Let’s ready ourselves for Olympics

insidesport:with MICHAEL KARIATI

The resumption of football continues to dominate the headlines, but nothing has been said about the rescheduled Summer Olympic Games to be held in Tokyo, Japan, next year — the biggest sporting event in the world.

Other countries have hit the ground running in preparation for this sporting extravaganza, but nothing so far has taken off the ground in as far as Zimbabwe is concerned.

Ironically, Zimbabwe were a big disappointment at the last edition of the Olympics in Rio de Janeiro, Brazil where the national team came back home empty-handed and a lot of excuses including lack of international experience and short training time.

In fact, Zimbabwe does not have a proud record in this competition where since 1980 the country has won only eight medals, seven of them from one athlete, swimmer Kirsty Coventry.

The other medal — a gold — came from the women’s hockey team at the 1980 games in Moscow, but it should be placed on record that the 1980 games were less competitive after a number of countries boycotted the festival.

The question is: How do we expect our athletes to get that international experience and training time when they are not taking part in major international competitions?

Week in, week out we see athletes from South Africa, Ivory Coast, Kenya, Ethiopia, Morocco in the highly competitive IAAF Diamond League meetings, but not a single Zimbabwean.

The last time a Zimbabwean was competing consistently on the IAAF Diamond League circuit was six or so years ago when long jumper Ngonidzashe Makusha was the star of the show, but sadly he was forced into early retirement due to injuries.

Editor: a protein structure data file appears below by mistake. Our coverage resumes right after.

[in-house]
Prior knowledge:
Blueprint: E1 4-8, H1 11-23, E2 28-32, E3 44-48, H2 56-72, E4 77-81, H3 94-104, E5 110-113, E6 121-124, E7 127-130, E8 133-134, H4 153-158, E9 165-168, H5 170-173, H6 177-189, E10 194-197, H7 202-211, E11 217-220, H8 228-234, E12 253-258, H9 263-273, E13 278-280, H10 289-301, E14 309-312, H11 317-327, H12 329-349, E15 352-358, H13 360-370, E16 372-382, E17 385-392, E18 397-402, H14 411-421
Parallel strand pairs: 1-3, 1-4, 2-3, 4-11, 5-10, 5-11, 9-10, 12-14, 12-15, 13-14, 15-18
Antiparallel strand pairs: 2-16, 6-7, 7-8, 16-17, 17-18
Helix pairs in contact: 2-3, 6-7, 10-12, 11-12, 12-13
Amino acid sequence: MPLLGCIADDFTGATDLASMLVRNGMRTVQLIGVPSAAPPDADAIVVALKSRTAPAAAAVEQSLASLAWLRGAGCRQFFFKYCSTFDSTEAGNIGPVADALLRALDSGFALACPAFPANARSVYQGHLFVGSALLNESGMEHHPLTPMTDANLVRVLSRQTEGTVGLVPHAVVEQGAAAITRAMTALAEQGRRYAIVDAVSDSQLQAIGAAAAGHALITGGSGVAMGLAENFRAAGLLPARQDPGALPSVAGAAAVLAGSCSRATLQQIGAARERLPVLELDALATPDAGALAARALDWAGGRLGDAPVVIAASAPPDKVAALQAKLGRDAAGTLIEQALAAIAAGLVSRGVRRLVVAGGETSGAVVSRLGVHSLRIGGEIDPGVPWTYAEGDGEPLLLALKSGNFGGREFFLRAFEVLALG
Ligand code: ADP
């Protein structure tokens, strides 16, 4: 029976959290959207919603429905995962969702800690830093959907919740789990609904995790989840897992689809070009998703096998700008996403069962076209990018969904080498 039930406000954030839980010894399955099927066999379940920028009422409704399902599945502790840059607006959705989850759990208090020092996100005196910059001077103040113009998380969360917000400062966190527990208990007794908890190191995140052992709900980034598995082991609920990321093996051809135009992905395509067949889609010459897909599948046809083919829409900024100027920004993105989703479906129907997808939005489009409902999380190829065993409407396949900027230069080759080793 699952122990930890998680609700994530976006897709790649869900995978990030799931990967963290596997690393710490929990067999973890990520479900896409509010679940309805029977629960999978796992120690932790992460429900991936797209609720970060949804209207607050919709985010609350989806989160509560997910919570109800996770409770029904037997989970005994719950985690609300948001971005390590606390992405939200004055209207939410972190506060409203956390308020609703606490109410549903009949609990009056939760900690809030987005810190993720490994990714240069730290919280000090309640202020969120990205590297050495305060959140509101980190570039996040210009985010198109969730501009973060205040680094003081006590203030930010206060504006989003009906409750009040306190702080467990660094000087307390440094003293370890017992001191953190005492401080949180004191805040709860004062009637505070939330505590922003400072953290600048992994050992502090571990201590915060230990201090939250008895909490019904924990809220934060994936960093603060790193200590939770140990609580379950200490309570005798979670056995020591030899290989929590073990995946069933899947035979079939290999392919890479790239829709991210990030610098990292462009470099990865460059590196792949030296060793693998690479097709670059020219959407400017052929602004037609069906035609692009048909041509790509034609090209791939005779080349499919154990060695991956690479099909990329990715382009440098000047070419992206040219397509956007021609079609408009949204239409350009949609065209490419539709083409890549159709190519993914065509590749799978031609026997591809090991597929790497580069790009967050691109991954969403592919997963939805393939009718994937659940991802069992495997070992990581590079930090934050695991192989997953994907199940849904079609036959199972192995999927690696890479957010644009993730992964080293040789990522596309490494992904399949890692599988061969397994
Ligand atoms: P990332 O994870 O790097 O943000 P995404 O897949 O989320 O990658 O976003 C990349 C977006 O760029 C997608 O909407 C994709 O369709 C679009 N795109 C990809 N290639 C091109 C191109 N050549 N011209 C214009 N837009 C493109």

If Zimbabweans are not in that league because they do not meet the qualifying standards, then we need to ask ourselves what exactly we are doing to develop our sportspersons in this country.

How can we expect medals at the Olympic Games when our athletes are not meeting the standards of participating in the IAAF World Championships or the Diamond League?

Where do we expect them to get that international exposure or the chance to compare their performance against the rest of the world when they are always competing among themselves?

The problem with our sport in Zimbabwe is that we tend to do our things at the last minute. The Summer Olympic Games are just around the corner from July 23 to August 8, 2021, but sadly, the authorities have been spending more of their time on football as of it is the only sport around.

By now, athletes for the forthcoming Olympic Games should have been identified and given the chance and funding to regularly compete on the international arena.

By now, we would have had a rough idea on who to expect a good show from and how most of the financial resources should be spent on as part of the preparations for the sporting festival.

The government through the Sport and Recreation Commission (ERC) and the Zimbabwe Olympic Committee ) ZOC), needs to provide the funding for our athletes’ international participation since they would be flying the Zimbabwean flag.

This is to prepare them for the rigours and pressures associated with the Olympic Games where participation only is no longer an achievement as was the case in the past, but winning medals.

The fact remains that the government can only come and chip in when asked to and it is the duty of the Sports Ministry, the SRC and the ZOC to see to it that happens.

Zimbabwe cannot continue to feature in the Olympic Games and come back with nothing, but excuses. We cannot be behind the likes of Botswana, whose athletes are creating waves on the international scene.

We need medals, and we can only achieve that by financially supporting our athletes’ regular international participation against the best the world has to offer. Sadly, though, we do not seem to be serious about our goals or sporting ambitions.

l For your comments, views and suggestions, email mkariati@gmail.com or WhatsApp: 0773 266 779.

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